SecTor 2020: The blonde, the smile, and the hack

An attractive blonde follows a man onto an office elevator. “Nice to see you again,” she says to him.

He pauses. She must be right, he figures, so he smiles back. Then she compliments him on his scent.

The elevator arrives at his floor, which is security controlled. He inserts his access card into a slot in the elevator panel, and when the doors open, he turns to the woman and says, “Ladies first.”

The blonde is Paula Januszkiewicz, CEO of Cqure Inc., a Polish-based penetration testing and auditing company, who has just accomplished the first part of her assignment: Get unauthorized access to a customer’s office.

It’s lunchtime at the office she just entered. Staff are leaving their desks. Company policy is employees should make sure PCs are logged off the network before leaving computers unattended to prevent what is about to happen. Even if they forget, machines are configured to log off after five minutes. One staffer leaves his computer on. Januszkiewicz sits at his desk. She yawns or coughs, enough so other staff see a stranger sitting at someone’s desk. No one comes over to ask who she is.

So Januszkiewicz is free to insert a specially created USB key and hacks into the system.

The lesson

There’s a lesson from this incident, Januszkiewicz told the SecTor 2020 virtual conference on Wednesday: If an attacker does things with confidence, they may get through anything from physical security to anti-phishing filters.

As the keynote speaker for this year’s conference, Januszkiewicz emphasized the importance of understanding how cyber attackers your infrastructure: As an object to be manipulated by knowing human behaviour.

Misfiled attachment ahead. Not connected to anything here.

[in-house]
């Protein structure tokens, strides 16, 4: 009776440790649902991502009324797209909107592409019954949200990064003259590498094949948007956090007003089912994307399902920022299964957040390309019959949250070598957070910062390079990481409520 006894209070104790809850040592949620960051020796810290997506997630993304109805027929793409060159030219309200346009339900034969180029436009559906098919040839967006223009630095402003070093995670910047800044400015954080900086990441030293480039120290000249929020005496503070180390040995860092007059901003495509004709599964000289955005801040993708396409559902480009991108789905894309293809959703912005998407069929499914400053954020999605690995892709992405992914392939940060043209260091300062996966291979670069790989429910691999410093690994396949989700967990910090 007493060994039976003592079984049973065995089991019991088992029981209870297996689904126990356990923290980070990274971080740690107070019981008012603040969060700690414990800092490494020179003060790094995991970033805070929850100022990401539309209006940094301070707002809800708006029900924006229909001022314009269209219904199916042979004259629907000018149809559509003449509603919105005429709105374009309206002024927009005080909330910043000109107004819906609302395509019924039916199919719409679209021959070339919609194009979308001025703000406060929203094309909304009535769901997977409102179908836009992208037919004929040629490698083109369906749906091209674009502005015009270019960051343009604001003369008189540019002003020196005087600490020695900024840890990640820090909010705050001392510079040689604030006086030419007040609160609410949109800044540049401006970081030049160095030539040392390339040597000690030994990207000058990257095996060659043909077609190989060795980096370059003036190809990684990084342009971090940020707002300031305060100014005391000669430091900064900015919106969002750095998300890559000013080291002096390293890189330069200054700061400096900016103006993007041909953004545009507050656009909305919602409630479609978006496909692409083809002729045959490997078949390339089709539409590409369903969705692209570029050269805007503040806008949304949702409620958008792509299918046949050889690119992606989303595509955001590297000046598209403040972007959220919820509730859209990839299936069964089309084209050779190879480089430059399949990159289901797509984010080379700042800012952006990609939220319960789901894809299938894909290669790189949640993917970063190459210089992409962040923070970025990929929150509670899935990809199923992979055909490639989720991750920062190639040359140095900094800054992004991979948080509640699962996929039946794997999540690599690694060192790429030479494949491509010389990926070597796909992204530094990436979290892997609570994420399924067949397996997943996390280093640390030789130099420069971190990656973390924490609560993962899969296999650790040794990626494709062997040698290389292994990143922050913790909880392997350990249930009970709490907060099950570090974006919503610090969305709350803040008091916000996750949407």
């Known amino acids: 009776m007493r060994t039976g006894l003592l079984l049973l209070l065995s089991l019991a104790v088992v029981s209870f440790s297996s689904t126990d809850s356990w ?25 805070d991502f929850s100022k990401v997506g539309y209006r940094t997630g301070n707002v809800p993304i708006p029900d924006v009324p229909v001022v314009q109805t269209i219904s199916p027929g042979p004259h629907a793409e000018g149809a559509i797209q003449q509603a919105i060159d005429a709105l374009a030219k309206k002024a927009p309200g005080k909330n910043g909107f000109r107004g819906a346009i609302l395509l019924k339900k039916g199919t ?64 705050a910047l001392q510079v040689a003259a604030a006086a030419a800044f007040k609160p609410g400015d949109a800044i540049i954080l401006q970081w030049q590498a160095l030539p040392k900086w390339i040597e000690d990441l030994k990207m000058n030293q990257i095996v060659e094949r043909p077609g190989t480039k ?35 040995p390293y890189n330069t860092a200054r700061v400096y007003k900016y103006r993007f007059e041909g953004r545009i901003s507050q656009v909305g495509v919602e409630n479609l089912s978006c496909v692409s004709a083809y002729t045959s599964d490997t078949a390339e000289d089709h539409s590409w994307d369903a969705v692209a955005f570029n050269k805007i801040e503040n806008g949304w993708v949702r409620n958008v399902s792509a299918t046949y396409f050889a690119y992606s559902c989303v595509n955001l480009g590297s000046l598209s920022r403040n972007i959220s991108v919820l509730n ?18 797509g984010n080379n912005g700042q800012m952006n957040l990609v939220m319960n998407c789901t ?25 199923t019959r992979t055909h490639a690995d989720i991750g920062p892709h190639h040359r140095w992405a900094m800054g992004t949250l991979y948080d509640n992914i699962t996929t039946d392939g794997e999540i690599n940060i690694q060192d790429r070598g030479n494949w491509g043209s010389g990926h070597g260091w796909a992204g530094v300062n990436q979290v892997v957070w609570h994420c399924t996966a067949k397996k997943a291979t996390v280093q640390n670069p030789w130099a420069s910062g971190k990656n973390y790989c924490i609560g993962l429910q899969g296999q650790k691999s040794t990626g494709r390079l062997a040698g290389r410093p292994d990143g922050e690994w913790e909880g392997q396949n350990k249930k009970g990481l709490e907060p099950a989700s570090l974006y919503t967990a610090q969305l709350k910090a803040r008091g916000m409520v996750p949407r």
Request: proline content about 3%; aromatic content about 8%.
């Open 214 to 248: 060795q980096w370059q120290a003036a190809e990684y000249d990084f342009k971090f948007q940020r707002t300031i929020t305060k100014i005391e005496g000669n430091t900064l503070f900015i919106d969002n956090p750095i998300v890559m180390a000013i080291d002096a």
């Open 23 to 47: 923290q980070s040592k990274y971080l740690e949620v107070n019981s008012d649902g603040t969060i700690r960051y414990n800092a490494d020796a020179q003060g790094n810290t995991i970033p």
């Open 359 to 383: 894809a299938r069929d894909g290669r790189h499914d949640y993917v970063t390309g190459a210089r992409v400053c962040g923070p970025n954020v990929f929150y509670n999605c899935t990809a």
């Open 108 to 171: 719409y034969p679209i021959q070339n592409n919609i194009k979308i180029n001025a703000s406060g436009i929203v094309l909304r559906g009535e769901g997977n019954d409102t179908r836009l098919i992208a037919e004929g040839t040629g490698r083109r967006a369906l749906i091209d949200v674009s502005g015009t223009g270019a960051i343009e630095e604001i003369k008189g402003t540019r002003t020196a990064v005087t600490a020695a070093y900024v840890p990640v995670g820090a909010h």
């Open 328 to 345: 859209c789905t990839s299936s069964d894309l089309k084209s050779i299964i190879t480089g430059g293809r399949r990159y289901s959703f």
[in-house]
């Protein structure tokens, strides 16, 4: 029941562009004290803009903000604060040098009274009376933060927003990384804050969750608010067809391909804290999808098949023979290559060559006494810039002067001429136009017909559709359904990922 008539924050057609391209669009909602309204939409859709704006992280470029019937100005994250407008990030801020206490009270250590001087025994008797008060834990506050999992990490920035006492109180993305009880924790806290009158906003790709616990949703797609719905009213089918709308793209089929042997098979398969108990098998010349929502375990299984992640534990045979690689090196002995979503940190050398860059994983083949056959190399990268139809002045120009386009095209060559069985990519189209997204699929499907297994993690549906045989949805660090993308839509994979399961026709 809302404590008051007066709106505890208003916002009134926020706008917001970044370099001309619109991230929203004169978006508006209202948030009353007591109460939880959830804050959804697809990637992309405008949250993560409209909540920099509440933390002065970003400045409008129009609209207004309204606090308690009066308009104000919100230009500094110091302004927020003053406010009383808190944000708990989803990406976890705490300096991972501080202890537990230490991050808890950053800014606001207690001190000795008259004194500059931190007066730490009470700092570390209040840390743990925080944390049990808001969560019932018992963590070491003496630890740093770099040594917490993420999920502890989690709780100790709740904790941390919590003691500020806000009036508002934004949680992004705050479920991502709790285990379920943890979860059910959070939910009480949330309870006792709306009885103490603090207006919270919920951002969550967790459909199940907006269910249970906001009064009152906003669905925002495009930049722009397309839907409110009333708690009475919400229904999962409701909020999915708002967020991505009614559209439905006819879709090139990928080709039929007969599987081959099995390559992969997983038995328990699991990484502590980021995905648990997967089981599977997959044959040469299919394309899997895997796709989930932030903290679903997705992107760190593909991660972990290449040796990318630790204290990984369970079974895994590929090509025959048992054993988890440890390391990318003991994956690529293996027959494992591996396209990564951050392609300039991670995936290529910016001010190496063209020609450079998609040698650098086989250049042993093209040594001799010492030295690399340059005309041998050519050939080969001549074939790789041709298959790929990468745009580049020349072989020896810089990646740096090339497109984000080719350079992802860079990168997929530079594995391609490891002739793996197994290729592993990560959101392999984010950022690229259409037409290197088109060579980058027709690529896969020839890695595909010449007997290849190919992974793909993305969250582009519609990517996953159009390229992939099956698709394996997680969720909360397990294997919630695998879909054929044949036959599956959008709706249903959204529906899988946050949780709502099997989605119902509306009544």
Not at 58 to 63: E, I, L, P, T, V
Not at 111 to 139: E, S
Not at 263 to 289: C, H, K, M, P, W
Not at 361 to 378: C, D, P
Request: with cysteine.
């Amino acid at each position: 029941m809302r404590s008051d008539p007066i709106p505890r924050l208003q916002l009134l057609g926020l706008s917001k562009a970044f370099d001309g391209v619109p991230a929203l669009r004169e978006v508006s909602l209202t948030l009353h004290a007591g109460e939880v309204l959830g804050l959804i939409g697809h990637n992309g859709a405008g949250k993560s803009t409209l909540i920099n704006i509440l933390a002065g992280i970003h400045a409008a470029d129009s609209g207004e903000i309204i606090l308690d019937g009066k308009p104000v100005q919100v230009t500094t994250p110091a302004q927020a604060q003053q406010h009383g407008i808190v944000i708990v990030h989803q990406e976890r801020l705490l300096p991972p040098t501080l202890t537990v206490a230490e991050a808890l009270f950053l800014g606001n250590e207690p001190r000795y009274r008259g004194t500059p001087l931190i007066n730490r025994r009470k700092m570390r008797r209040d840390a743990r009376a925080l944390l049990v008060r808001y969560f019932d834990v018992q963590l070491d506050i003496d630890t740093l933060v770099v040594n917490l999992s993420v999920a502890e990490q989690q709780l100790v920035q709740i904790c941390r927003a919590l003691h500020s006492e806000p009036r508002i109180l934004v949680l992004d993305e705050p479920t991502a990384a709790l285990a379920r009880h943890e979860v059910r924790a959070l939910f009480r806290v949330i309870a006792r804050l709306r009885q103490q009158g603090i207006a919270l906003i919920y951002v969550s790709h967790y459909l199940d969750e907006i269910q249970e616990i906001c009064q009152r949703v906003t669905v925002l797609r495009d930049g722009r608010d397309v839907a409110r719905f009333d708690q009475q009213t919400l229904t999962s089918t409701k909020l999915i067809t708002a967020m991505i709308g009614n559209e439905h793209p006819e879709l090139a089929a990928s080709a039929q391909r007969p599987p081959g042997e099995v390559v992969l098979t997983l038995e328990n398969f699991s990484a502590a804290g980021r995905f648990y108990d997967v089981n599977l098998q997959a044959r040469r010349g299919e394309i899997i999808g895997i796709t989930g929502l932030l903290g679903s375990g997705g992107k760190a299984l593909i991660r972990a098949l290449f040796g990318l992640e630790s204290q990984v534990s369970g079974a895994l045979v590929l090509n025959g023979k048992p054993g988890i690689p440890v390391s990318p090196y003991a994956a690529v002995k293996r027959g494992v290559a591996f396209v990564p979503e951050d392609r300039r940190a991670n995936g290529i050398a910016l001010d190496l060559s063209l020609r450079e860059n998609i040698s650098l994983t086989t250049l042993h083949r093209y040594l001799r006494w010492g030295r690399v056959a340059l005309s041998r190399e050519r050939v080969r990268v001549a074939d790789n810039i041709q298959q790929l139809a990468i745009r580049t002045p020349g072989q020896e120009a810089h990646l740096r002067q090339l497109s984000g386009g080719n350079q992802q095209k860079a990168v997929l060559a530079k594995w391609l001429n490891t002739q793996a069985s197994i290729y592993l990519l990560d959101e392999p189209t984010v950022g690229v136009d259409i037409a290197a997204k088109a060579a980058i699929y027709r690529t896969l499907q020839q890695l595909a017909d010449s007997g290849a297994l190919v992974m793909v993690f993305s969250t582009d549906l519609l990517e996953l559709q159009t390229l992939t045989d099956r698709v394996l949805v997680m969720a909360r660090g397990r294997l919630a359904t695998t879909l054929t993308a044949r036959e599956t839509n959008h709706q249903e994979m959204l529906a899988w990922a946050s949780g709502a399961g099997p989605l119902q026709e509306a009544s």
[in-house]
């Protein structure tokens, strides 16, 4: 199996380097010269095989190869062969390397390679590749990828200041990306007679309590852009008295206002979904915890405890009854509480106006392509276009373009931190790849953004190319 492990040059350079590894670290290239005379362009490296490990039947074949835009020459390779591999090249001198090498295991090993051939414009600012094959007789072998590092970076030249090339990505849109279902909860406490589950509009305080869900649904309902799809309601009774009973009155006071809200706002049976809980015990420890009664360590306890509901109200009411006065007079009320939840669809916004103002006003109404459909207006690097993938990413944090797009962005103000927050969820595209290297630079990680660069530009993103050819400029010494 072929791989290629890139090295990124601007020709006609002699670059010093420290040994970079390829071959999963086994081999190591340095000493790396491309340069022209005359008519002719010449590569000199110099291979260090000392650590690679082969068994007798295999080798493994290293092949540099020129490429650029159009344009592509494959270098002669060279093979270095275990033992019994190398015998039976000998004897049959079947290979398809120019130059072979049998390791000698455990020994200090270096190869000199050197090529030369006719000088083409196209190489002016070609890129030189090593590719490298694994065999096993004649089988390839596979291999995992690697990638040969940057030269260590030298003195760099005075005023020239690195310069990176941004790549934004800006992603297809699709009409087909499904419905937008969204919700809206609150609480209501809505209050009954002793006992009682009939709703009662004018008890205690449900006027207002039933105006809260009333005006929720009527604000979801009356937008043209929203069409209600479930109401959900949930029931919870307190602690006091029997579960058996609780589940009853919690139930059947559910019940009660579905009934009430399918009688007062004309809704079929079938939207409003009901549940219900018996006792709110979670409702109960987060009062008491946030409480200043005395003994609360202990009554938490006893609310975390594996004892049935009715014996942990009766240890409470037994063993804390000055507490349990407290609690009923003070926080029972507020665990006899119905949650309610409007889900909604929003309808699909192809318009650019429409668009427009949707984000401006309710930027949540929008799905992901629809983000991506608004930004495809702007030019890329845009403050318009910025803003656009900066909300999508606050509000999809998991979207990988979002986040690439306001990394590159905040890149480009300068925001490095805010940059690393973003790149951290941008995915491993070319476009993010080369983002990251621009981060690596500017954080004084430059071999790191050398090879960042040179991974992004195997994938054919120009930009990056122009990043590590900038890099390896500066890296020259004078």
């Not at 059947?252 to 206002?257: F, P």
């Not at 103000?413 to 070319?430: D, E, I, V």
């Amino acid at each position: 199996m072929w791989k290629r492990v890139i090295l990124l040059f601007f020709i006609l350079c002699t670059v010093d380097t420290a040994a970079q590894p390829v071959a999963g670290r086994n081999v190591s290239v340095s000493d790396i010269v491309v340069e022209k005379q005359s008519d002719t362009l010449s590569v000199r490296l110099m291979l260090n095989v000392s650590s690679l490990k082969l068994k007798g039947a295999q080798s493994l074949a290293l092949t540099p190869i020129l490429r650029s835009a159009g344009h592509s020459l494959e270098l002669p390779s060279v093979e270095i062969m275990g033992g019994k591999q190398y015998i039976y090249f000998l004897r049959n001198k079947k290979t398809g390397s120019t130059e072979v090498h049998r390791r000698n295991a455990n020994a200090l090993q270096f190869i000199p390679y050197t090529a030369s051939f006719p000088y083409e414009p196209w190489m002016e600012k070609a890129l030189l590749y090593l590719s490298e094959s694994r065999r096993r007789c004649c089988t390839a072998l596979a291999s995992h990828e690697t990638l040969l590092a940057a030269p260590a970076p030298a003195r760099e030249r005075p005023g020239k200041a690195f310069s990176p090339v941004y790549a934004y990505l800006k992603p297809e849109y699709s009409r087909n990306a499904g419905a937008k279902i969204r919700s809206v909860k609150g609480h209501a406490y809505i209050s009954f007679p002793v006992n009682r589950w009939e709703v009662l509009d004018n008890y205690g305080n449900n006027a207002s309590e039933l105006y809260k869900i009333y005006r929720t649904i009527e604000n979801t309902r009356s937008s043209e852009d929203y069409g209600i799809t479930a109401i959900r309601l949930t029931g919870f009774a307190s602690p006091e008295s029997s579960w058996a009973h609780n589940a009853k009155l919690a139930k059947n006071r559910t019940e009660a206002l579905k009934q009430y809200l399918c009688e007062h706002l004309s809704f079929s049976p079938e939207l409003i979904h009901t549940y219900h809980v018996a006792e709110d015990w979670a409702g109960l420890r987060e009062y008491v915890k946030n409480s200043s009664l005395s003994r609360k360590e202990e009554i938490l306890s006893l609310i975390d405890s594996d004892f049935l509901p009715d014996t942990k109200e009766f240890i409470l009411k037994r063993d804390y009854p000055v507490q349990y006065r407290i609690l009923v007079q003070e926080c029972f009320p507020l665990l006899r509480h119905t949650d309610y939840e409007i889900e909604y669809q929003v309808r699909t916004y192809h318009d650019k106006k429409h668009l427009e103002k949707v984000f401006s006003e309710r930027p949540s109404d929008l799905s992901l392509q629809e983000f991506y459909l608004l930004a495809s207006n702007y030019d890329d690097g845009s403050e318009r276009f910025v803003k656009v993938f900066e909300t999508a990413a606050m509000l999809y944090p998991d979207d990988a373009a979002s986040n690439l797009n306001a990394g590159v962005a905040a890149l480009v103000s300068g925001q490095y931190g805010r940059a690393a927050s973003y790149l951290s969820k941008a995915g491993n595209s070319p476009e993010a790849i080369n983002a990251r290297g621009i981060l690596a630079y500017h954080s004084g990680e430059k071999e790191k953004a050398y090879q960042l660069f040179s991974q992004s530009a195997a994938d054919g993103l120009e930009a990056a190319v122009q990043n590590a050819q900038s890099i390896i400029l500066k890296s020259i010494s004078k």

Behaviour like being lazy in picking passwords. On assignment to penetrate an energy company Januszkiewicz found no problem guessing some employee passwords. She assumed at least one person would use the firm’s name and just add “2020.” She was right. Twenty-nine of 6,000 employees had that password.

Bad behaviours

Other bad user behaviours hackers take advantage of include:

  • Falling for dropped USB scams. One study showed 90 per cent of people who find USB drives with a company logo in a parking lot will plug it into a company computer to find out who it belongs to. In fact, 60 per cent will do it even if there is no logo. Infected USB devices could run unapproved code. One solution is a whitelisting policy that prevents unapproved code from executing;
  • Falling for phishing and clicking on infected attachments. There’s no shortage of examples, but Januszkiewicz spoke of a new one: A seemingly empty Excel spreadsheet with an infected picture hiding behind an empty cell. If an employee clicks on a cell trying to see if the spreadsheet has hidden information, the malware executes. One solution is strict access management to prevent admin accounts from being taken over by malware;
  • Hacking lost smartphones. Seventy per cent of smartphone owners don’t password-protect their devices, one study shows. One solution: A strict company policy of reporting the loss of company or personal devices that access corporate data;
  • Careless use of public Wi-Fi with devices that access corporate data—one solution: Better user awareness training.

Thinking like a hacker, Januszkiewicz said, will allow organizations to design successful cybersecurity strategies.

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Howard Solomon
Howard Solomon
Currently a freelance writer, I'm the former editor of and Computing Canada. An IT journalist since 1997, I've written for several of ITWC's sister publications including and Computer Dealer News. Before that I was a staff reporter at the Calgary Herald and the Brampton (Ont.) Daily Times. I can be reached at hsolomon [@]

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